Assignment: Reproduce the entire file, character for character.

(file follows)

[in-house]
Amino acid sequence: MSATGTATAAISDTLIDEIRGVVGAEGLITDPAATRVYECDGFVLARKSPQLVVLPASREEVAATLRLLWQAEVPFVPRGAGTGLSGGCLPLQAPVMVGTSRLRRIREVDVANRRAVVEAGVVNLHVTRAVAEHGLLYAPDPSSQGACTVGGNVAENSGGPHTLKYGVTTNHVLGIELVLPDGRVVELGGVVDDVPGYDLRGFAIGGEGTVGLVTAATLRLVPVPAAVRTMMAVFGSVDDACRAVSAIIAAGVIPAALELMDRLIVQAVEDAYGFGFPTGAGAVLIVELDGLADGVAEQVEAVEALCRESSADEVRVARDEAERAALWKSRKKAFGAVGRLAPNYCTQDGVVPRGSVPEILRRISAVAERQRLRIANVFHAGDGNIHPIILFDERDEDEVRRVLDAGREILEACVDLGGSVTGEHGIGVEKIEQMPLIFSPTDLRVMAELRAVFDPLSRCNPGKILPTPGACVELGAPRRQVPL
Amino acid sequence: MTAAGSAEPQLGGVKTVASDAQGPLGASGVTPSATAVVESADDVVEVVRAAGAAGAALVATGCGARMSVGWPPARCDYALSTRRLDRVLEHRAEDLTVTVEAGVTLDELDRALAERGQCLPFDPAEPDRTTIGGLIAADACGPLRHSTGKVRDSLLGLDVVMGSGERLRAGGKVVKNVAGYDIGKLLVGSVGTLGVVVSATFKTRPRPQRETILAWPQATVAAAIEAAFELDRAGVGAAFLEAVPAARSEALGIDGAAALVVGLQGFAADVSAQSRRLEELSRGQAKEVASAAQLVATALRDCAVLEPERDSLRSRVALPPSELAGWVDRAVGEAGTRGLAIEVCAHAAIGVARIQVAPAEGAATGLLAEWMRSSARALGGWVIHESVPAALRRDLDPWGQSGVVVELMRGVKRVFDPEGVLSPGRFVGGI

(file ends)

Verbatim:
[in-house]
Amino acid sequence: MSATGTATAAISDTLIDEIRGVVGAEGLITDPAATRVYECDGFVLARKSPQLVVLPASREEVAATLRLLWQAEVPFVPRGAGTGLSGGCLPLQAPVMVGTSRLRRIREVDVANRRAVVEAGVVNLHVTRAVAEHGLLYAPDPSSQGACTVGGNVAENSGGPHTLKYGVTTNHVLGIELVLPDGRVVELGGVVDDVPGYDLRGFAIGGEGTVGLVTAATLRLVPVPAAVRTMMAVFGSVDDACRAVSAIIAAGVIPAALELMDRLIVQAVEDAYGFGFPTGAGAVLIVELDGLADGVAEQVEAVEALCRESSADEVRVARDEAERAALWKSRKKAFGAVGRLAPNYCTQDGVVPRGSVPEILRRISAVAERQRLRIANVFHAGDGNIHPIILFDERDEDEVRRVLDAGREILEACVDLGGSVTGEHGIGVEKIEQMPLIFSPTDLRVMAELRAVFDPLSRCNPGKILPTPGACVELGAPRRQVPL
Amino acid sequence: MTAAGSAEPQLGGVKTVASDAQGPLGASGVTPSATAVVESADDVVEVVRAAGAAGAALVATGCGARMSVGWPPARCDYALSTRRLDRVLEHRAEDLTVTVEAGVTLDELDRALAERGQCLPFDPAEPDRTTIGGLIAADACGPLRHSTGKVRDSLLGLDVVMGSGERLRAGGKVVKNVAGYDIGKLLVGSVGTLGVVVSATFKTRPRPQRETILAWPQATVAAAIEAAFELDRAGVGAAFLEAVPAARSEALGIDGAAALVVGLQGFAADVSAQSRRLEELSRGQAKEVASAAQLVATALRDCAVLEPERDSLRSRVALPPSELAGWVDRAVGEAGTRGLAIEVCAHAAIGVARIQVAPAEGAATGLLAEWMRSSARALGGWVIHESVPAALRRDLDPWGQSGVVVELMRGVKRVFDPEGVLSPGRFVGGI